Both this and the Marvel buyout suggest to me that the comics are becoming even less important compared to the ‘properties’ or ‘franchises’, and given the abysmal state of sales, if we don’t have people at the tip of both companies who actually care about the medium, the monthly comic book will disappear within a very short amount of time – they simply don’t sell enough to be a business that any multinational would care to be involved in if they’re actually paying attention…

    • Andrew Hickey says:

      Certainly Rich Johnston seems to share my view, for what it’s worth. His headline on Levitz leaving is “Is this the beginning of the end of the direct market?”

    • Andrew Hickey says:

      But probably best to read Evanier – for what Levitz did over the years, and the post below that for what it means for the industry.

  5. Zom says:

    God I am soooooo ignorant when it comes to the world of the comics biz. To call my opinions (if they even qualify as opinions) malleable would be the mother of all understatements. I have to wonder, though, whether we’re really on the cusp of the death of the direct market, and what the death of the direct market, if it were to come about would actually mean. If there’s money to made out of selling Batman pamphlets, why would Time Warner not wish to do so? I appreciate that pamphlets are small beer, but even if they are small beer, and if brand conflict issues can be avoided, they are still beer. Why kill a profitable business, why not simply make it work harder and better? Or, I dunno, do something like lease licenses so that other companies can publish comics containing their characters? I’m not saying that they should do that – I wouldn’t presume to know what I’m talking about – but I can’t help feeling that there are options other than bowing out of the direct market (or not).

    But if they do bow out, is it completely inconceivable that that void could be filled? Will Marvel definitely follow suit? There’s a lot of ifs, isn’t there?

    And, you know, so what if the DM does go belly up. Okay, yes, I feel for the little guys, I really feel for them, but some of them will survive in one form or other in some way or other, and from the point of view of a consumer I’ll still get to read comics, just bigger fatter ones. Some will be good and some will be bad but it was ever thus, that is for sure.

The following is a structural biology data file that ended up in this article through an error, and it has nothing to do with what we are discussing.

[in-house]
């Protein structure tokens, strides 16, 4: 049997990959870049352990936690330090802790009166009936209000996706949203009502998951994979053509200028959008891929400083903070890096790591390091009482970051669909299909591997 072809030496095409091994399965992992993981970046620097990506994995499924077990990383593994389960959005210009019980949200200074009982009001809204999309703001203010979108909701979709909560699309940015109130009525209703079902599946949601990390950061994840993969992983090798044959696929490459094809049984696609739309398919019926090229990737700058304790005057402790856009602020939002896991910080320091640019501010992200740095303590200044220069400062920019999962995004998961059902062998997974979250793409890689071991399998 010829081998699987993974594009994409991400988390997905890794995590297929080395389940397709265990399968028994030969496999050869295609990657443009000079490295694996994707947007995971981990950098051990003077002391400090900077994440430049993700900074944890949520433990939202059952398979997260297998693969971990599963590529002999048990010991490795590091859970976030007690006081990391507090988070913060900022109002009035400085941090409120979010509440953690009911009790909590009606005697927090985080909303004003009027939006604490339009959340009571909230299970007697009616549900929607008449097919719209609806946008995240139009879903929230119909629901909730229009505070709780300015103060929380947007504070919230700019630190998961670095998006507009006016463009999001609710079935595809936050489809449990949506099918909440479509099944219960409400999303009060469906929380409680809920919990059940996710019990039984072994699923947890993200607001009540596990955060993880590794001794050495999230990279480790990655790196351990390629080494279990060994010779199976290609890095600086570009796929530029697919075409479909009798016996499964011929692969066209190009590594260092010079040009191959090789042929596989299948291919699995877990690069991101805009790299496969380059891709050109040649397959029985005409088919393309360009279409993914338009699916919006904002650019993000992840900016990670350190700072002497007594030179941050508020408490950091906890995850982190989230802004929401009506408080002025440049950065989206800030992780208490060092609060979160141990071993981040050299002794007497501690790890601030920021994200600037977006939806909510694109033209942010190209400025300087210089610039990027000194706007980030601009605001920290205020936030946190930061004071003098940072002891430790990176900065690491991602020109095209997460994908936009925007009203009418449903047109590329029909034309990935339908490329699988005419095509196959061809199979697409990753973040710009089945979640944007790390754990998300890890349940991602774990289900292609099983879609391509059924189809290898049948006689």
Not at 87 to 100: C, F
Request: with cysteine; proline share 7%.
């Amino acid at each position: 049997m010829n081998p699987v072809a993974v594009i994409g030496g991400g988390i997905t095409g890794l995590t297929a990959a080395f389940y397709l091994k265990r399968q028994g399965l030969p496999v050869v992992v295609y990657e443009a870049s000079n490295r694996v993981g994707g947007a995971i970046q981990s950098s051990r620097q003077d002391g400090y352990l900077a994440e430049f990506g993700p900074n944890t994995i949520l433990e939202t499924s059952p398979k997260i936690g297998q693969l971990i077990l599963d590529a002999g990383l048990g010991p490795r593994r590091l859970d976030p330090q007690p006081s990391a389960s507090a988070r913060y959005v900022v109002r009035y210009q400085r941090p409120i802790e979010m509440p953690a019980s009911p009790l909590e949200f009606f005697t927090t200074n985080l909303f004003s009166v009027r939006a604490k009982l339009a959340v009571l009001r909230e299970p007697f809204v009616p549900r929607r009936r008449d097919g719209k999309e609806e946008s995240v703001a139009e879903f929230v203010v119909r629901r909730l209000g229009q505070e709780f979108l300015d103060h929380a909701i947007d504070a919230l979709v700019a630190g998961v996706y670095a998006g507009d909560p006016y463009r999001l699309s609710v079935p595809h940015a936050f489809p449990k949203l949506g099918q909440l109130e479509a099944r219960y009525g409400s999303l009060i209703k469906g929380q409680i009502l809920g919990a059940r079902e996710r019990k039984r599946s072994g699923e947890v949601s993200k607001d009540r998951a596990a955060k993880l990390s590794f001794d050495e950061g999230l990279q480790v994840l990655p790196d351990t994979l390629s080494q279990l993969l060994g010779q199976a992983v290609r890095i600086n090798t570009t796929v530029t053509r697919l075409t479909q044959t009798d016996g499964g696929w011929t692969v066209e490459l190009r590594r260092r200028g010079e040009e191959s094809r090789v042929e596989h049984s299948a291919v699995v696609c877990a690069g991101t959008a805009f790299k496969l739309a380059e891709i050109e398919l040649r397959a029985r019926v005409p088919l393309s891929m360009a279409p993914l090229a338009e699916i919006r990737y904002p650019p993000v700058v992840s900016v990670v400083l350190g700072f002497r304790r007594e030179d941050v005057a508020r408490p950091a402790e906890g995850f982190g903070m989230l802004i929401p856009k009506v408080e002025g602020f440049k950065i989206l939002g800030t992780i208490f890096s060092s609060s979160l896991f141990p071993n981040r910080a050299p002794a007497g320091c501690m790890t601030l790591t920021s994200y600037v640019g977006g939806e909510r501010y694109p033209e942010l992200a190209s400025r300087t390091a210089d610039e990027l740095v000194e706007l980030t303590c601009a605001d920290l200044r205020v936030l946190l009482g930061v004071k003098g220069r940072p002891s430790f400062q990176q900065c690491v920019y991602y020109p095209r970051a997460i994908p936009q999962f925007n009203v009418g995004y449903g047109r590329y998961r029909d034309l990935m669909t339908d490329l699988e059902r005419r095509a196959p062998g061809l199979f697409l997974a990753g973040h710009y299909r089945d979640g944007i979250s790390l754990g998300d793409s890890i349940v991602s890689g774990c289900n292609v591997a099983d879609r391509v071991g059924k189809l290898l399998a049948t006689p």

• Andrew Hickey says:

      The problem is these megacorps have a legal duty in the US to ‘maximise shareholder value’ – and in the immediate, not long, term. You or I see a dollar invested in a company that brings a dollar and five cents as being profit, and therefore worth having. However, if Warners’ other businesses bring in a dollar and ten cents, then they’re not maximising shareholder value with the dollar-five stuff, and are opening themselves up to lawsuits. Once you understand that, pretty much every evil or wrong decision multinationals make makes a lot more sense. The ‘fiduciary duty[ lawsuits of the 70s were quite possibly the worst thing to happen in the last fifty years…

      As for the direct market – it going would have a lot of good consequences, and a lot of bad ones. I think it would make the print comics medium immensely more conservative (yes, even more than now…) but might see an explosion of creativity in webcomics.

  6. Zom says:

    Yes, I’ve only recently (last four or five months) become aware of the duty to maximise shareholder value, but I’m still left wondering if it necessarily spells the death of the DM. Is the profit margin on pamphlets really so small relative to the profit margin elsewhere? Could pamphlets be made to make more money? Are there other advantages to Time Warner re keeping a finger in the DM pie? As to whether books in a post DM landscape will be more conservative, maybe, but I don’t think it’s necessarily a given. One of the most powerful features of DC’s branded properties is their flexibility, surely, and exploiting that flexibility is where the money is at, which means that there’s a lot of room for creativity. Besides, big corporate money has been behind many of my favourite things, so I’m not too worried about the fate of Batman.